More than anything else, the Hyundai Genesis brings a lot of core value to the line. It represents Hyundai's first entry into the luxury market segment, and its past successes have led to increased production and demand for the four-door Genesis.
Since the first-generation Genesis, Hyundai has taken excellent strides building a competitive luxury sedan. The 2016 Genesis has kept features consistent since the 2015 redesign.
The Genesis's steering is far better than expected and has motor assist that feels like it could translate to a sportier luxury car. The brake pedal may be undertuned for quick city stops, but overall, the vehicle is athletic. It's sports Continuous Damping Control air suspension, which can be toggled from Normal to Sport mode to filter out rough patches of road.
The Hyundai Genesis is built with a lot of value even at the base level. It has everything you could ask for in a large luxury sedan - for frequent highway and city drivers. The Genesis is a dynamic, performance car to drive, yet it's still quiet on most roads. With an ideal mix of style and comfort, it's an affordable, entry-level luxury sedan with refined style and a feature-rich cabin.
In terms of design, it's easy to see the Hyundai Genesis take inspiration from other luxury vehicles, especially on a used car lot. It has the sleek, low-hanging body design that mimics many of its competitors. And when it comes to overall performance, this vehicle brings both power and fuel efficiency to the Hyundai lineup. It has two engine options:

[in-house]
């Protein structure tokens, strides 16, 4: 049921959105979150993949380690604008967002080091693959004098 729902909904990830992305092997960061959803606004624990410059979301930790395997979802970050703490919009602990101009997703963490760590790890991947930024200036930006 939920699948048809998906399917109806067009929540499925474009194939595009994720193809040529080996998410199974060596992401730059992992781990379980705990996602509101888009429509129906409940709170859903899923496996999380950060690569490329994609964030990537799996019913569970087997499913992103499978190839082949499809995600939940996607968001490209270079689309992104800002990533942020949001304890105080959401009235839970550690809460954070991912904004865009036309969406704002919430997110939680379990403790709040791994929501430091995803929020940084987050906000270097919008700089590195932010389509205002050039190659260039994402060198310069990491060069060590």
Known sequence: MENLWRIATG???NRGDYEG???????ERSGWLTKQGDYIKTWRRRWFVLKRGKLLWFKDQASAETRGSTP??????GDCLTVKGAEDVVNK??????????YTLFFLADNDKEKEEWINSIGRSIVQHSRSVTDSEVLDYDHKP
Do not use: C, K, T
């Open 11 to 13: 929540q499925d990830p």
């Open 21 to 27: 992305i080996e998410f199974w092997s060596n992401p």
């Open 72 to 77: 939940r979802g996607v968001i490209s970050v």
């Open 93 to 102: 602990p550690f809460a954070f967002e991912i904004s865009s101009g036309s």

The Genesis makes an effort to make its powerful engines more fuel-efficient, but stops short of using hybrid technology to do it - providing value in this car is its main focus. The V6 earns 18 mpg in the city and 29 mpg on the highway. The V8 option does a little worse at 15 mpg in the city and 23 mpg on the highway.
Furthermore, this car is surprisingly quick for its size. As a large sedan, it may feel a bit large and gangly to drive, so it may not be the perfect car for you if you're looking for more maneuverability.
The base 3.8L V6 engine cranks out 311 horsepower, while the 5.0L V8 engine pumps out 420. The V8's acceleration is much stronger than the standard option. Furthermore, the V8 engine revs just a little more triumphantly than the V6 can. Each engine is mated to an eight-speed automatic. Though it's clearly not a sports car, this Hyundai vehicle is built with rear-wheel drive to add a bit of athleticism to the standard architecture. All-wheel drive is also an optional swap-in.
The Hyundai Genesis balances a delicate dichotomy: it needs to blend in with the other luxury cars, but stand out against other Hyundai vehicles. The result is that it takes design inspiration from competing luxury dealers like Lexus, Infiniti, and Audi, while adding a bit of Hyundai flair to the mix. On a lineup level, the Genesis's look hasn't changed since its jump to the second generation.
The interior of the Hyundai Genesis has been updated to look a lot more attractive, more thoughtfully designed, and to be quite spacious after its 2015 redesign.